Chipmunk is the common name for any small squirrel-like rodent species of the genus Tamias in the family Sciuridae. About 23 species fall under this title, with one species in northeastern Asia, one in the eastern portions of Canada and the US, and the rest native to the western part of North America. The name may have originally been spelled "chitmunk" (perhaps from the Ojibwe word ajidamoo, meaning "red squirrel"). However, the earliest form cited in the Oxford English Dictionary (from 1842) is "chipmonk". Other early forms include "chipmuck" and "chipminck", and in the 1830s they were also referred to as "chip squirrels", possibly in reference to the sound they make. They are also called striped squirrel or ground squirrel; however, the name "ground squirrel" is more usually kept for the genus Spermophilus, though Tamias and Spermophilus are only two of the 13 genera of ground-living sciurids. Eastern chipmunks mate in early spring and again in early summer to produce two litters, each of four to five young, but western chipmunks only breed once a year. The young emerge from the burrow after about six weeks and strike out on their own within the next two weeks.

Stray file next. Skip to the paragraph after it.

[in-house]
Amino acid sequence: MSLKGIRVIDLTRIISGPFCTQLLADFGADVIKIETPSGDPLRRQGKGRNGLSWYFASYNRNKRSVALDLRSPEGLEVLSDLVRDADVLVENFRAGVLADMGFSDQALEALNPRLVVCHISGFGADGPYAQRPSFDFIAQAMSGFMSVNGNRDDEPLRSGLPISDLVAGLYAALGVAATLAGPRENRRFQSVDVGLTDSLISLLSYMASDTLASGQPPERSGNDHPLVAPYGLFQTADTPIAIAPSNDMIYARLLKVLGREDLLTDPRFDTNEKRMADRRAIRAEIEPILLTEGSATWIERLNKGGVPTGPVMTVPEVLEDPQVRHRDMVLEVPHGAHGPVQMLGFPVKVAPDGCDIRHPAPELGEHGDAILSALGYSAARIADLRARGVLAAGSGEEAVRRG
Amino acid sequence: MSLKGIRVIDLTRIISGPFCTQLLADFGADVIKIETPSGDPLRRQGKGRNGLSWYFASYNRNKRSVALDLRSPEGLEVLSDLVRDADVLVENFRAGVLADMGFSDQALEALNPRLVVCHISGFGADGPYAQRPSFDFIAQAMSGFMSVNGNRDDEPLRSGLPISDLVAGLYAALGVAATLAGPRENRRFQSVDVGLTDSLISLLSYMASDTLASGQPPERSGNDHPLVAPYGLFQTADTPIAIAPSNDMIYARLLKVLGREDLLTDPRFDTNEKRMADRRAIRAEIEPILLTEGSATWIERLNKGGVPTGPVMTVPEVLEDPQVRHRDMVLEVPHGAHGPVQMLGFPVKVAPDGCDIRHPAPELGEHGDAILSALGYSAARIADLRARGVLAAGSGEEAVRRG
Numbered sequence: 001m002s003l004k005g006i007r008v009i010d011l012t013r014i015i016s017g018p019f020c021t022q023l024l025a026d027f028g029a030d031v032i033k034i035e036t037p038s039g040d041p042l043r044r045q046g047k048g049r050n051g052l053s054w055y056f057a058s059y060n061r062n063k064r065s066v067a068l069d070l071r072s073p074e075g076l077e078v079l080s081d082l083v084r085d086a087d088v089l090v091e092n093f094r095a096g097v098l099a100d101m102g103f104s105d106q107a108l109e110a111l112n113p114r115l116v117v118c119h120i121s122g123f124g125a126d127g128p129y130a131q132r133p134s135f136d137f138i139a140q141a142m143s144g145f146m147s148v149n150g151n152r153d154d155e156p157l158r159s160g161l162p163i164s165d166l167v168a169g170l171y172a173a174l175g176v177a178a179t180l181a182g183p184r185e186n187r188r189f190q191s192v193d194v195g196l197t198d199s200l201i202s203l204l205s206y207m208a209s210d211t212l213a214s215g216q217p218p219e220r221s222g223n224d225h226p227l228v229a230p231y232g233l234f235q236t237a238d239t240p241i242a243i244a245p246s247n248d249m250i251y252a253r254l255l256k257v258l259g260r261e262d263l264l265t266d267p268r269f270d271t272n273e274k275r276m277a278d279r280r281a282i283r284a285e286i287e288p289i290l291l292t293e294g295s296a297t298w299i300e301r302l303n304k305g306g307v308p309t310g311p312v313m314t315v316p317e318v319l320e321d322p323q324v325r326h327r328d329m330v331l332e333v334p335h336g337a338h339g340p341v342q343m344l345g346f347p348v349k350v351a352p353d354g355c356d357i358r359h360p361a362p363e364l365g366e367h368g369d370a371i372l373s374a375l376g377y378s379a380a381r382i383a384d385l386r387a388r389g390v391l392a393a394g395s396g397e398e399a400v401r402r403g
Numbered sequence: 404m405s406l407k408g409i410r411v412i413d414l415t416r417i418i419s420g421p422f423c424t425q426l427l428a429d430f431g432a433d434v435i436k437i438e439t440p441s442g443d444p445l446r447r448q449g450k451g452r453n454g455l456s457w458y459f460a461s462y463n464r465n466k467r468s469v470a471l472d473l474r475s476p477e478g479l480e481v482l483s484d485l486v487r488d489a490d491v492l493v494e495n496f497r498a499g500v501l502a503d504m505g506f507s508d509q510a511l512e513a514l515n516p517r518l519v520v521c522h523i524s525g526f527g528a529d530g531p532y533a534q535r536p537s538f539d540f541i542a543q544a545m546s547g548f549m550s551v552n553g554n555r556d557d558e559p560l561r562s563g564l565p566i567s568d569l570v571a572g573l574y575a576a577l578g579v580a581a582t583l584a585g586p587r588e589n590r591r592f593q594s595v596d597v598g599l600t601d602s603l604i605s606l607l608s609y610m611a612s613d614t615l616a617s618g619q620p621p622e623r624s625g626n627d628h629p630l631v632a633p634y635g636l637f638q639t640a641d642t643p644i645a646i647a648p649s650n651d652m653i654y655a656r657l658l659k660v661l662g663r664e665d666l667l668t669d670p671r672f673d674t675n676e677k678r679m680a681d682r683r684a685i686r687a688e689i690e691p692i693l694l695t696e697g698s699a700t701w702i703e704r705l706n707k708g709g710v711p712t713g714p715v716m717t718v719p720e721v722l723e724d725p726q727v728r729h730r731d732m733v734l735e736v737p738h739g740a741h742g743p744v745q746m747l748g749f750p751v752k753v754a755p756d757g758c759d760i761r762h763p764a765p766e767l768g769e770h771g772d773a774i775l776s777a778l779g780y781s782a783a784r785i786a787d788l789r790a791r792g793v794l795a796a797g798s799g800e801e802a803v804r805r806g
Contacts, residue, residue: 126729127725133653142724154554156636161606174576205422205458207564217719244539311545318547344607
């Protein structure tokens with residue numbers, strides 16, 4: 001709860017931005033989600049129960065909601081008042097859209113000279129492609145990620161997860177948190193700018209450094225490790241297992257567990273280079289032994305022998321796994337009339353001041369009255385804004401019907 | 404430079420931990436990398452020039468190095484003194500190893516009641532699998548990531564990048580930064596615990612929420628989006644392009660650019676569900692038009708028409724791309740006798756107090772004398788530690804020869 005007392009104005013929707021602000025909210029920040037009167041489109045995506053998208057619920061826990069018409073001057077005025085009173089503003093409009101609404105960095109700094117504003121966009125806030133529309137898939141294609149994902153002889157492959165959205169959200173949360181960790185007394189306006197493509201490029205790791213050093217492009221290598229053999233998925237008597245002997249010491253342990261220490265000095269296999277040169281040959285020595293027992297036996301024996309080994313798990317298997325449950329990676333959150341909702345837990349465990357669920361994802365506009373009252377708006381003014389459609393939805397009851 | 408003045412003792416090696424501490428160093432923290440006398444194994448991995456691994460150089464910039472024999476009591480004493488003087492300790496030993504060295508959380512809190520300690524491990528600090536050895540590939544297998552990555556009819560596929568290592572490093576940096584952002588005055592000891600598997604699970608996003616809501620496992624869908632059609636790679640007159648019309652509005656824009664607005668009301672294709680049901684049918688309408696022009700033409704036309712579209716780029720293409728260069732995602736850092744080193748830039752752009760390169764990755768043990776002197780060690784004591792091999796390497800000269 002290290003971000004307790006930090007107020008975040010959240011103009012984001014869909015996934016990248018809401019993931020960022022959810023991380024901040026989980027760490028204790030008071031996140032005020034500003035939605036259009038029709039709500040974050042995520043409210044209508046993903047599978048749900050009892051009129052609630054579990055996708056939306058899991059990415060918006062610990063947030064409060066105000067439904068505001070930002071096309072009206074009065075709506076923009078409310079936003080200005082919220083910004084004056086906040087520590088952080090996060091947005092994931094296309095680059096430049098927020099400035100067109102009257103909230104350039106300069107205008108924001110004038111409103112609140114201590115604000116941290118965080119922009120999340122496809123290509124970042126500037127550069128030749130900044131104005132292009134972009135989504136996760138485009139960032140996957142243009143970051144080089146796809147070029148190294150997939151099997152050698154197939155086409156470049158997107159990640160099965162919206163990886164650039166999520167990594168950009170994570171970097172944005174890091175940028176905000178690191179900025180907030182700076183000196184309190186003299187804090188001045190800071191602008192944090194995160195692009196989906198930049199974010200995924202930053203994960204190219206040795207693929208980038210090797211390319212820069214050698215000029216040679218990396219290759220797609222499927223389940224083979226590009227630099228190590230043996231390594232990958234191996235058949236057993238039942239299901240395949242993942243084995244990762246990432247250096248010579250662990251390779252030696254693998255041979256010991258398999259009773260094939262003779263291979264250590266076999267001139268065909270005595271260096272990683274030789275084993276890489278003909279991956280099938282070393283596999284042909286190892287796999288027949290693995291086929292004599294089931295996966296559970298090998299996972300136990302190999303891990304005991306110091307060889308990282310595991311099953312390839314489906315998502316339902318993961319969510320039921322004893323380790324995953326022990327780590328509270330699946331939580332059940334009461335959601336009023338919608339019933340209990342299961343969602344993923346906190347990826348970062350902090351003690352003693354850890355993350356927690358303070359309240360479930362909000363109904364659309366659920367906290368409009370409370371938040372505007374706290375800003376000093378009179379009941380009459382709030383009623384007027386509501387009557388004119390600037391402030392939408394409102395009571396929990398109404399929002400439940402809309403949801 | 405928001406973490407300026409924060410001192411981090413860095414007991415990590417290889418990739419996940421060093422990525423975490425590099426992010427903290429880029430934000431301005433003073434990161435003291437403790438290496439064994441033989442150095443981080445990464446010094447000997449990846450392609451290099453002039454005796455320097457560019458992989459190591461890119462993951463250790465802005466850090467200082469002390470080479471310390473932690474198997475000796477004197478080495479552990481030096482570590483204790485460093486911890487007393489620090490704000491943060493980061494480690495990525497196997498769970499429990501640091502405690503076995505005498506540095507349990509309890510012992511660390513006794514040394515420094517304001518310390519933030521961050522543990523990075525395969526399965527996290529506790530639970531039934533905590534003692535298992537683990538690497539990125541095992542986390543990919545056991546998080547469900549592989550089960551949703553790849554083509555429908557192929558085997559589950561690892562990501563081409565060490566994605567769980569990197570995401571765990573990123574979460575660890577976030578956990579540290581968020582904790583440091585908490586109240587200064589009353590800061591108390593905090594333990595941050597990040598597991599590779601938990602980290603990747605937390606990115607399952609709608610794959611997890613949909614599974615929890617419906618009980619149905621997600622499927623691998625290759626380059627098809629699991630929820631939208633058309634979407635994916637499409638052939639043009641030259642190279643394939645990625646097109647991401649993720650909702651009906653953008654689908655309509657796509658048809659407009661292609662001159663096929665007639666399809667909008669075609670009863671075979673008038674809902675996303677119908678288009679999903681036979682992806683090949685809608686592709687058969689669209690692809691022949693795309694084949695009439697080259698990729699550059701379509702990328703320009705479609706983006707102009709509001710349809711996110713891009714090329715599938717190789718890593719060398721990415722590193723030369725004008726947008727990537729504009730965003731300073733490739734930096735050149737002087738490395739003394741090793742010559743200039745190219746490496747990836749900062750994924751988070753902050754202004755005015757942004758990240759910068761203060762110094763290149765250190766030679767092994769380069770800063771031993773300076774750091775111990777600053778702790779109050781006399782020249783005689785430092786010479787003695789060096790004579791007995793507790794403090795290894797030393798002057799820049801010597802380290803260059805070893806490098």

Though they are commonly depicted with their paws up to the mouth, eating peanuts, or more famously their cheeks bulging out on either side, chipmunks eat a much more diverse range of foods than just nuts. Their omnivorous diet consists of grain, nuts, birds' eggs, fungi, worms, and insects. Come autumn, many species of chipmunk begin to stockpile these goods in their burrows, for winter. Other species make multiple small caches of food. These two kinds of behavior are called larder hoarding and scatter hoarding. Larder hoarders usually live in their nests until spring.
These small squirrels fulfill several important functions in forest ecosystems. Their activities with regards to harvesting and hoarding tree seeds play a crucial role in seedling establishment. They also consume many different kinds of fungi, including those involved in symbiotic mycorrhizal associations with trees, and are an important vector for dispersal of the spores of subterranean sporocarps (truffles) which have co-evolved with these and other mycophagous mammals and thus lost the ability to disperse their spores through the air.
Chipmunks play an important role as prey for various predatory mammals and birds, but are also opportunistic predators themselves, particularly with regard to bird eggs and nestlings. In Oregon, Mountain Bluebirds (Siala currucoides) have been observed energetically mobbing chipmunks that they see near their nest trees.
Chipmunks construct expansive burrows which can be more than 3.5 m in length with several well-concealed entrances. The sleeping quarters are kept extremely clean as shells and feces are stored in refuse tunnels.
If unmolested they often become bold enough to accept food from the hands of humans. The temptation to pick up or pet any wild animal should be strictly avoided. While rabies is exceptionally rare, if not non-existent, in rodents, chipmunk bites can transmit virulent and dangerous bacterial infections.